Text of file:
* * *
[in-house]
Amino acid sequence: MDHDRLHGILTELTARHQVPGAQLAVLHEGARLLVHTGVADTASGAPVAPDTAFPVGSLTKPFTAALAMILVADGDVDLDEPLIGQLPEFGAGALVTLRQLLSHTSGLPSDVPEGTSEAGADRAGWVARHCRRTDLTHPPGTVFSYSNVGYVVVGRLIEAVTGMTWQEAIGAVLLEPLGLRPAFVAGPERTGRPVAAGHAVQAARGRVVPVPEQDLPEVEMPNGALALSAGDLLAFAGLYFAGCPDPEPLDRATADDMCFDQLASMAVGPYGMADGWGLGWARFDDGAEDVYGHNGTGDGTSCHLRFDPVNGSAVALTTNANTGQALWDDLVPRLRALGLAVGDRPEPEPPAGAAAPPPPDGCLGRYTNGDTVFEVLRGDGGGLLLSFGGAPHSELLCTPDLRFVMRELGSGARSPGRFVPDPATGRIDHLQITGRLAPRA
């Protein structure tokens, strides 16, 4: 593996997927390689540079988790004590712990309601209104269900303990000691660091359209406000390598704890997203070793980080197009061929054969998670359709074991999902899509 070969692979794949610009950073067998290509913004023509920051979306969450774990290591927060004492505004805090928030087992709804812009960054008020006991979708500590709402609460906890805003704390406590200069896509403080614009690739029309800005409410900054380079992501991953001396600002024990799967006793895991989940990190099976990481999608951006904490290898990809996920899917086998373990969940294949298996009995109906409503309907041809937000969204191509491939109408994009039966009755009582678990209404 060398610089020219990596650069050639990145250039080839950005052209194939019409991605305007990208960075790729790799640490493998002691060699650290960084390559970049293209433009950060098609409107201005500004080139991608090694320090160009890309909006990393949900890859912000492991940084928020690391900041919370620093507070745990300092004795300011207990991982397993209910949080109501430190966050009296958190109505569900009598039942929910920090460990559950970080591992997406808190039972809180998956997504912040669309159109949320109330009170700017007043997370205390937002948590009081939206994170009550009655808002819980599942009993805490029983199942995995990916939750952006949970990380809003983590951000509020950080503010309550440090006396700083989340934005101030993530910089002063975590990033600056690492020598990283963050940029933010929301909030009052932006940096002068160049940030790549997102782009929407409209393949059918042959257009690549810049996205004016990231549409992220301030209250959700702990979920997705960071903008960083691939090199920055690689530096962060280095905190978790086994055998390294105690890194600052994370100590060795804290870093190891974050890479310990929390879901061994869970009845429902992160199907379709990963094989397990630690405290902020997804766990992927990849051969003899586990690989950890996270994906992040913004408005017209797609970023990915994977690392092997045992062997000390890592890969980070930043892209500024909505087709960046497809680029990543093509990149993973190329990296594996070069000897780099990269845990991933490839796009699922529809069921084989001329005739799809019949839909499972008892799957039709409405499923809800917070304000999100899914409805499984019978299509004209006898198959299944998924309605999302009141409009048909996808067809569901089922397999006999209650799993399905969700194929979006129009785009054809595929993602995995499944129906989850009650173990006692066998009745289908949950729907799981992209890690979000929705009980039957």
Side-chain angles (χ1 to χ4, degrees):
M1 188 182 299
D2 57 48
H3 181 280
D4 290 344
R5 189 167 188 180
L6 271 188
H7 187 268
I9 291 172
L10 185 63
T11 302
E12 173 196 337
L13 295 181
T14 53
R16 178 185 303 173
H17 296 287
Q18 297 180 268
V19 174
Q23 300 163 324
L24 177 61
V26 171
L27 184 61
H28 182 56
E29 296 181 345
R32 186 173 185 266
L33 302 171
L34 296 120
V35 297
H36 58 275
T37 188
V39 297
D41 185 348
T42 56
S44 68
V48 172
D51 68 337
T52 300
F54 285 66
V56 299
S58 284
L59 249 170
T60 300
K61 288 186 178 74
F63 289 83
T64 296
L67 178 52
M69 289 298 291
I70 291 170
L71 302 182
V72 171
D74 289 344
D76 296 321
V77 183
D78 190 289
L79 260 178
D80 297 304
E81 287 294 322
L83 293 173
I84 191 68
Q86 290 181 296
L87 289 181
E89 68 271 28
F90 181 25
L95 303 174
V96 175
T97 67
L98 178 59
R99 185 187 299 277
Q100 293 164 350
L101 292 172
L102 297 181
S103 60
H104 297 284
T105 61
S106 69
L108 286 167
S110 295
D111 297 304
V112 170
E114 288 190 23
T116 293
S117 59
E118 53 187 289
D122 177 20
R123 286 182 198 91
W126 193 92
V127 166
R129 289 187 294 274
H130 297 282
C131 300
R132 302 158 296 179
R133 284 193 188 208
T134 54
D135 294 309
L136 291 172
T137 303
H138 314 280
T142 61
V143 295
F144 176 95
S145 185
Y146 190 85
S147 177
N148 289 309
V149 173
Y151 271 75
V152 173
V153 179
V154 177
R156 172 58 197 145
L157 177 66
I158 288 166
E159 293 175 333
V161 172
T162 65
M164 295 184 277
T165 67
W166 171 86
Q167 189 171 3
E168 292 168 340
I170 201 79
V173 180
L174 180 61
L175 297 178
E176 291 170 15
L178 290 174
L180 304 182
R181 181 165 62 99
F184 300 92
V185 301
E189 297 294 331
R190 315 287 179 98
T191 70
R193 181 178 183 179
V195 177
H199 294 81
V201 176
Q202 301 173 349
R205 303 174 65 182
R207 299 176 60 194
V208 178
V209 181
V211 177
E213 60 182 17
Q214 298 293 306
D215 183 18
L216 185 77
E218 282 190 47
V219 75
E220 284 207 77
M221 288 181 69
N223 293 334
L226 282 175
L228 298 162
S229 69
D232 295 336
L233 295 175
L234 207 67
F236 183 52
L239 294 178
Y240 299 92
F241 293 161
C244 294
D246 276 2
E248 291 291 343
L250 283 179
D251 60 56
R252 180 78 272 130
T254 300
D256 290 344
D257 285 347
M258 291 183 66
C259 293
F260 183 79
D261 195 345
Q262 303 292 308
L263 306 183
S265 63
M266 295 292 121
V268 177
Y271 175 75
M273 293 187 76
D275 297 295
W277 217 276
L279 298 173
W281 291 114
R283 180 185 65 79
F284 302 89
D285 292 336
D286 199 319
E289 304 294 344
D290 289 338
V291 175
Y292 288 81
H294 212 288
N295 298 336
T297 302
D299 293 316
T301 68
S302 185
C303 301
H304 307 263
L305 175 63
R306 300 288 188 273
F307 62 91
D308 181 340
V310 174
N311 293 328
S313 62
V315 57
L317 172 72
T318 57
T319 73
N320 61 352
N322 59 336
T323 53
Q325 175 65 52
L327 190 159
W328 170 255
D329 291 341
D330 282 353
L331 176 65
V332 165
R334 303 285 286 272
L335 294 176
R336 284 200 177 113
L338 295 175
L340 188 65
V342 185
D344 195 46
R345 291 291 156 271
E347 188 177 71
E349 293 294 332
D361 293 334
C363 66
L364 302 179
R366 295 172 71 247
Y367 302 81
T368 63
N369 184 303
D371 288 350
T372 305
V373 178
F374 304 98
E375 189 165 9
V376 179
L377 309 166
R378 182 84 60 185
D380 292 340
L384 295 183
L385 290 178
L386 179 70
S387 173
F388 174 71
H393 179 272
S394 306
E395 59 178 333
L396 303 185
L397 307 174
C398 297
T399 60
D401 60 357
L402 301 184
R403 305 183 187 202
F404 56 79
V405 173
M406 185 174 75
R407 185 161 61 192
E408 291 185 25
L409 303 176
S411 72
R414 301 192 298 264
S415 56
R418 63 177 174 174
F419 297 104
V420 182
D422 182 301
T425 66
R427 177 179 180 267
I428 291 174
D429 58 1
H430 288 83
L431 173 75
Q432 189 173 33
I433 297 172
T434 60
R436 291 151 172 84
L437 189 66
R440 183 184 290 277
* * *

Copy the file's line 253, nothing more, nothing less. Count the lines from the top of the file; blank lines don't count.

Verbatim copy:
L384 295 183